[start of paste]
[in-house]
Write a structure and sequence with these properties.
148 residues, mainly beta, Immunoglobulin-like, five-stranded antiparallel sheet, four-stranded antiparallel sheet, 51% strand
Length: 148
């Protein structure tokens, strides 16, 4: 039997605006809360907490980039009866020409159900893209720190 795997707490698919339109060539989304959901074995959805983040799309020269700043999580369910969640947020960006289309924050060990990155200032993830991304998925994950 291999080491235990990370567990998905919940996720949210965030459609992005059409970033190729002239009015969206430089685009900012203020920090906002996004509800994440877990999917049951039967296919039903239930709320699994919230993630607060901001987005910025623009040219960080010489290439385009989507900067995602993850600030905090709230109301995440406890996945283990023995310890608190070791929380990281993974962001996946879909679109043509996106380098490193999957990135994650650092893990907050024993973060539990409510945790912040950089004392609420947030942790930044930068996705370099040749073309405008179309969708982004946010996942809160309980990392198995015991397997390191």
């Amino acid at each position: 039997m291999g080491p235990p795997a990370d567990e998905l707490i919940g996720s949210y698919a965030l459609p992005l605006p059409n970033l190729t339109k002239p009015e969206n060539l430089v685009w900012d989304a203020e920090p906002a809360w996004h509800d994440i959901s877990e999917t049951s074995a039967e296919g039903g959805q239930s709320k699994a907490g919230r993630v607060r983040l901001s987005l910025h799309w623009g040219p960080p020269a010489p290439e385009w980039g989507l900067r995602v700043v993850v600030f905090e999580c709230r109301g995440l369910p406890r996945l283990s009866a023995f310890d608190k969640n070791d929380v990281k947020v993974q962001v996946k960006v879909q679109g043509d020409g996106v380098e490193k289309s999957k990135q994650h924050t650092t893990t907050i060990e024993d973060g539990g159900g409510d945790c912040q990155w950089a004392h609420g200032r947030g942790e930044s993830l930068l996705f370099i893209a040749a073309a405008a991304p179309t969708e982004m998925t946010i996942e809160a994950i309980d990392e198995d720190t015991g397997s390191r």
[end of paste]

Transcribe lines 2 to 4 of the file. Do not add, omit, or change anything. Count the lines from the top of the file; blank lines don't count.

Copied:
Write a structure and sequence with these properties.
148 residues, mainly beta, Immunoglobulin-like, five-stranded antiparallel sheet, four-stranded antiparallel sheet, 51% strand
Length: 148